The Springboks admitted that Wales gave them a fright when they came back to lose Saturday’s test match in Cardiff by just five points, but there were positive aspects of the match that far outweighed what was overall a sloppy performance.
Gavin Rich writes for SuperRugby that the Boks led 20-3 with more than a quarter of the match remaining, so the fact that they eventually scraped home 20-15 was an indication that the Welsh finished by far the stronger of the two teams.
There were reasons for this: Firstly, when the Boks went 17 points ahead courtesy of a fortuitous intercept try to Jean de Villiers, the management made wholesale changes to the team which perhaps impacted on momentum, and secondly, as skipper John Smit admitted afterwards, the score led the Boks to think they could sit on their lead.
“I think we were guilty of taking our foot off the pedal in the last 20 minutes. Jean’s try, which was a lucky break for us at the time, put us into a lead which made us feel very comfortable, and we were perhaps guilty of trying to sit on what was really quite a small lead,” said Smit.
The captain said that the Boks had “not quite been on the button” with a few of the things they intended to do, but agreed that Wales have improved significantly since the last time the Boks were in this part of the world and their defensive effort prevented the Boks from imposing their will on proceedings.
“We did score two tries to nil in this match and it was our third win over Wales this year in three starts, so I am reasonably satisfied with what we have achieved,” said Smit in response to a question about Welsh coach Warren Gatland’s view that the better team had lost.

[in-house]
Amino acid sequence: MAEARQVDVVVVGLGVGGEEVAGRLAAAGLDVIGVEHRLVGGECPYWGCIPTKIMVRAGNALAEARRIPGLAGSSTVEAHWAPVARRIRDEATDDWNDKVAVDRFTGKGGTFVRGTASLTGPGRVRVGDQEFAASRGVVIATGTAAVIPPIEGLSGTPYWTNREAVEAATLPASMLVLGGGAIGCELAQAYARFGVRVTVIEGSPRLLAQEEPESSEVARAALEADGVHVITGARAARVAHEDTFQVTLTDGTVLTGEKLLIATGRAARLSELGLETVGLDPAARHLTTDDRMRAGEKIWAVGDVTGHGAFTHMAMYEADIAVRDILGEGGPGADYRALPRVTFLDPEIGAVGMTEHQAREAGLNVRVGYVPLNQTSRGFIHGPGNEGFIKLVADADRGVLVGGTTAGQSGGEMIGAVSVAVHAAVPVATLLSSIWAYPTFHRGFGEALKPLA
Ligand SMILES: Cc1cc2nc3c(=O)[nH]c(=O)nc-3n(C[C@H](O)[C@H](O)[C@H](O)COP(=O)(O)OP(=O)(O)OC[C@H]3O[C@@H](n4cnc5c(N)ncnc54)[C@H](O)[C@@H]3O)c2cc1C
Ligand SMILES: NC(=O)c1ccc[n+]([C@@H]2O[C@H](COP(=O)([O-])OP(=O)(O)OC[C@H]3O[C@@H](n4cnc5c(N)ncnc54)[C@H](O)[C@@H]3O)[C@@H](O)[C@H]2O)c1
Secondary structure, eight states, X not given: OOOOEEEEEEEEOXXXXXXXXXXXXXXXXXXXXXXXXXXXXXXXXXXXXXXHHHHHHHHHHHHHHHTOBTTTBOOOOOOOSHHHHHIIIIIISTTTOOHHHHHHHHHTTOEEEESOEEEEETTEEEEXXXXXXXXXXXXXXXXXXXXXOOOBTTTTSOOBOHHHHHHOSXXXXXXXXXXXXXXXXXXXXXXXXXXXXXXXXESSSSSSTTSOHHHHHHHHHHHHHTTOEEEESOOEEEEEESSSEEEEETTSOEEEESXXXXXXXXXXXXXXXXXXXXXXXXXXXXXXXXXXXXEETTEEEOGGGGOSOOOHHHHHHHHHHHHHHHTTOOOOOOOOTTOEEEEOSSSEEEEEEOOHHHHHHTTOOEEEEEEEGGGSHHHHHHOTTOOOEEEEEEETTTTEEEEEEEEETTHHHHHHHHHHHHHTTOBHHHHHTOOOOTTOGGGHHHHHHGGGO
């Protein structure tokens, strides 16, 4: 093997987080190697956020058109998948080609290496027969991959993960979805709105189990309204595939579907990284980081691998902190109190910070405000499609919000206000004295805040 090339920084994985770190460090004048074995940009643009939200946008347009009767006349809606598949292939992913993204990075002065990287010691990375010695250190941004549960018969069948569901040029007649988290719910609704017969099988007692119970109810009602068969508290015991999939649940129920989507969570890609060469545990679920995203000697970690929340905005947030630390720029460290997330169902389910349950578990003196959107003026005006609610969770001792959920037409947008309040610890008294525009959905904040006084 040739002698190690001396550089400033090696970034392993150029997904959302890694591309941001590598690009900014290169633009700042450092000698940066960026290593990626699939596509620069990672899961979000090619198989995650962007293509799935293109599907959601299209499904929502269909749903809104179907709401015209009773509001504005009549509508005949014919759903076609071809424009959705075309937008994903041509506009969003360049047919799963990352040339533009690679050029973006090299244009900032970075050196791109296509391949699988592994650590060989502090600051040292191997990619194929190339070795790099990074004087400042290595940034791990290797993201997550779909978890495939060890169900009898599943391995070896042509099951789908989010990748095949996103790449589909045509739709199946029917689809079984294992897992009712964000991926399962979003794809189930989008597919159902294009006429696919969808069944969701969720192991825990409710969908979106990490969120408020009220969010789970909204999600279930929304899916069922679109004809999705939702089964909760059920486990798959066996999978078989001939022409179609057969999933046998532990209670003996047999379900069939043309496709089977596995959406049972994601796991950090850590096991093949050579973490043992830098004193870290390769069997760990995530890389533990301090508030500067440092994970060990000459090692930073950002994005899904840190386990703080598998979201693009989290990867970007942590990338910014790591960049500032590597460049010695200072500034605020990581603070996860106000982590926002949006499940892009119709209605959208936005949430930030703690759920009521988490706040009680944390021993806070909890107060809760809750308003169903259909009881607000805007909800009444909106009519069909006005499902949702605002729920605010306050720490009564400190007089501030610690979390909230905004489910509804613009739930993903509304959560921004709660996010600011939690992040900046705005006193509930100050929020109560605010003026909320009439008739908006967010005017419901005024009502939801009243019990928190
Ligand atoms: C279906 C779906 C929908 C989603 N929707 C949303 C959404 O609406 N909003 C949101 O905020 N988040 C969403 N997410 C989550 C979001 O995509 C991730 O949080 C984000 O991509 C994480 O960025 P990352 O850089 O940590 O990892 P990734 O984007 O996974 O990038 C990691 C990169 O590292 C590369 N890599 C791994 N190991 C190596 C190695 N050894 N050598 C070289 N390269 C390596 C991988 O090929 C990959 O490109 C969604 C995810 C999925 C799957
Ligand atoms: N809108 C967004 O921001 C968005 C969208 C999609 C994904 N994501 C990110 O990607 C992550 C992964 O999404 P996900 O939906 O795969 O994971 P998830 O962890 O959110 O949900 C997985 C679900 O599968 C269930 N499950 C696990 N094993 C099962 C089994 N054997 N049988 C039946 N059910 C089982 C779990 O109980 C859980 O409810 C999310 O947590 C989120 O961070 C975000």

It is true that the Boks did most of the playing in this match, but then they were forced to do that by the early 10 point lead taken by the Boks. For all their huff and puff and honest endeavour, the Welsh never seriously looked like scoring a try against an organized, physical and committed defensive system.
They did make several line breaks during the course of the match, and both Gatland and backs coach Rob Howley lamented missed opportunities, but in many ways Wales took on the role that South Africa took on in many of the Tri-Nations matches that they lost. It was a massive positive for the Boks that for once it was they who got the strategy right, with their kicking game and strong emphasis on playing from territory paving the way for this victory.
The Boks never ran a single ball from the wrong side of the halfway line in the first 40 minutes, and it is hard to recall them doing so in the second either. And the role that Ruan Pienaar played in his first test match as a starting flyhalf in ensuring that the Boks stuck to their discipline in this regard was another massive positive.
Certainly the Boks have plenty of reason to feel comfortable with Pienaar as a flyhalf, and the only remaining question mark revolves around how he feels for it given his preference for the No9 jersey.
The other switch, that of Smit from hooker to tighthead, was another positive, but the captain was being careful not to get too carried away about it afterwards. “It went nicely, and I got a lot of help from the players around me. I would hesitate though to say that I have now successfully completed the switch, because tighthead is an extremely difficult position to play and get used to, and you cannot draw a conclusion from just one game.”
Still, there were concerns before the match that Smit might not shape, which would have been problematic as the South Africans look forward to the big match against England at Twickenham in a fortnight from now. The scrumming was solid, so for now there is reason to move forward with confidence. The Boks will be the first to admit though that there are several areas they need to work on, and the amount of defending they had to do is reason for concern.Tweet